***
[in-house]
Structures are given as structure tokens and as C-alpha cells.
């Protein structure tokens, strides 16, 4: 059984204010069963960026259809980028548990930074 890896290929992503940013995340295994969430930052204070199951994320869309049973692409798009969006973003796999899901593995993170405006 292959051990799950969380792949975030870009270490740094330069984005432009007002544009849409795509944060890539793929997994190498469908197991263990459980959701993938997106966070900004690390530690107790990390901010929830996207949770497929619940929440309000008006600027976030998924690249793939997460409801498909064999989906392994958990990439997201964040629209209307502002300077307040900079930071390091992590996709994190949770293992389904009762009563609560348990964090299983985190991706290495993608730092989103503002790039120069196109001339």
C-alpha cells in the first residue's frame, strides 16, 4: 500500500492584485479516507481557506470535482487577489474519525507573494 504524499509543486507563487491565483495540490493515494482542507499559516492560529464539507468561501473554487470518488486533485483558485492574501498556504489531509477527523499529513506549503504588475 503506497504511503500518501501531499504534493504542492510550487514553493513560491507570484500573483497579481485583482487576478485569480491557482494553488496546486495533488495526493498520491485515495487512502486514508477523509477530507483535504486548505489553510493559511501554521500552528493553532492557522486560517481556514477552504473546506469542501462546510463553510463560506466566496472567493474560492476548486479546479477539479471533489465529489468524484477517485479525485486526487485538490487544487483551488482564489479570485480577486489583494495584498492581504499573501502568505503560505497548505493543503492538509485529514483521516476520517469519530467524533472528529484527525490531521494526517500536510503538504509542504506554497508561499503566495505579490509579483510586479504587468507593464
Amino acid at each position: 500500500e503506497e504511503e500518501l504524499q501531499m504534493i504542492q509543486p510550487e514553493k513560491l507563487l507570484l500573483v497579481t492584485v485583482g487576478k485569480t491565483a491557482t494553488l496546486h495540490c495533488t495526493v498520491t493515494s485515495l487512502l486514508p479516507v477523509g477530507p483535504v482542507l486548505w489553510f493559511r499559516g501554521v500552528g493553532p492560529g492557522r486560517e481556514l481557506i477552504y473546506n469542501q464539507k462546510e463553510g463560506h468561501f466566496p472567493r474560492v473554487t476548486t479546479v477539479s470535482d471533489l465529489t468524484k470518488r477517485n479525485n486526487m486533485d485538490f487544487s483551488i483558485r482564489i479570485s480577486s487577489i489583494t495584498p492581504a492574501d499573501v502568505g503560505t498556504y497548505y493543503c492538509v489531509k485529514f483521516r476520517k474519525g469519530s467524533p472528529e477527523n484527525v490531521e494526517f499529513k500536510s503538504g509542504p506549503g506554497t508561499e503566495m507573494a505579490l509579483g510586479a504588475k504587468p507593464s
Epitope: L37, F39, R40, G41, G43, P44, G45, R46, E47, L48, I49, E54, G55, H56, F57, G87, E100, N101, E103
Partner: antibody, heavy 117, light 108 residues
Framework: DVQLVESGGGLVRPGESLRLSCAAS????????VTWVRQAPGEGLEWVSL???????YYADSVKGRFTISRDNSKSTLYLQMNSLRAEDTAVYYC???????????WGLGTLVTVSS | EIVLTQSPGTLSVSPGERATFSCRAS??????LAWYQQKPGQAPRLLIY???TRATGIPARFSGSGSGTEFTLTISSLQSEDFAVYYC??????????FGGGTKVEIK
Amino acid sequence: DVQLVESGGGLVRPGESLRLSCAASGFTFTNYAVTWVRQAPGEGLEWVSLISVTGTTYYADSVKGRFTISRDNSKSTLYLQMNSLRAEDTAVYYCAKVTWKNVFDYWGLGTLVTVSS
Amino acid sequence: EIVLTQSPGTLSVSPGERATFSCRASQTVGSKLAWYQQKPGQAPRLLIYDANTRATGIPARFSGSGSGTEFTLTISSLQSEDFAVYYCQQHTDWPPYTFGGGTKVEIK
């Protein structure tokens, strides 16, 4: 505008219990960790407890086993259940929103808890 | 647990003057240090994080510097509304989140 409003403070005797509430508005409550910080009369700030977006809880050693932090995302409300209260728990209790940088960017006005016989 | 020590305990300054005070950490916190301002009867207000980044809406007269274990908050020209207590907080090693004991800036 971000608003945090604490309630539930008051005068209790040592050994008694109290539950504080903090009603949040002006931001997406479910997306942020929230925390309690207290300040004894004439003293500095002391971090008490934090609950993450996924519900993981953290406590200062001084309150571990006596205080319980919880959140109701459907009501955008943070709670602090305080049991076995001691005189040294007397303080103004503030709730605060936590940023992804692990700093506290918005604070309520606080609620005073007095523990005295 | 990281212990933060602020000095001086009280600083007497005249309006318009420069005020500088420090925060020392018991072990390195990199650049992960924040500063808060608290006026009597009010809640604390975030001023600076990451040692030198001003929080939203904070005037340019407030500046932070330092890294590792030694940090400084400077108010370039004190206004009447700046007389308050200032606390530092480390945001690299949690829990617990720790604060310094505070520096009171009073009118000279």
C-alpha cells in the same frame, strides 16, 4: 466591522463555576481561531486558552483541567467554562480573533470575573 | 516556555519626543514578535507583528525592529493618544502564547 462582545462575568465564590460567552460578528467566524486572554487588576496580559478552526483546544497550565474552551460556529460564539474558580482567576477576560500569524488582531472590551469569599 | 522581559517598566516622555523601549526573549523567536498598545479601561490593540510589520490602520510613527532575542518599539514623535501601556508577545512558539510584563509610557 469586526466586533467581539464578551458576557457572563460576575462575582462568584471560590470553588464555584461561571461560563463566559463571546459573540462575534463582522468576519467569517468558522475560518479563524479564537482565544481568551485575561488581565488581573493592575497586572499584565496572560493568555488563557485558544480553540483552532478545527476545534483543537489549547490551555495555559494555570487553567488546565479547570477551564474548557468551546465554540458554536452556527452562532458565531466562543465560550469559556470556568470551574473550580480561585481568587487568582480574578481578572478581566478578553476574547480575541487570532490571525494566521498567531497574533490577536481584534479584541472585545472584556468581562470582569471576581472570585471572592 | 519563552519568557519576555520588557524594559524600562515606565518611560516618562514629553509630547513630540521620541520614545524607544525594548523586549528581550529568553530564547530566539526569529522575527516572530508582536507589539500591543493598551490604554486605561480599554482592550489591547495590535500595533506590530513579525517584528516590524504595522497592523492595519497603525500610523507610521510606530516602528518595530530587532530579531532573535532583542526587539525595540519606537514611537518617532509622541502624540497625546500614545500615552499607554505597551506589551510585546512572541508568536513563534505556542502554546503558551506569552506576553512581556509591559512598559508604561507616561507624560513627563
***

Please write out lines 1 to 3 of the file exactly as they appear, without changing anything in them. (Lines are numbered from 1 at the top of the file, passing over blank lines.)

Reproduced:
[in-house]
Structures are given as structure tokens and as C-alpha cells.
């Protein structure tokens, strides 16, 4: 059984204010069963960026259809980028548990930074 890896290929992503940013995340295994969430930052204070199951994320869309049973692409798009969006973003796999899901593995993170405006 292959051990799950969380792949975030870009270490740094330069984005432009007002544009849409795509944060890539793929997994190498469908197991263990459980959701993938997106966070900004690390530690107790990390901010929830996207949770497929619940929440309000008006600027976030998924690249793939997460409801498909064999989906392994958990990439997201964040629209209307502002300077307040900079930071390091992590996709994190949770293992389904009762009563609560348990964090299983985190991706290495993608730092989103503002790039120069196109001339």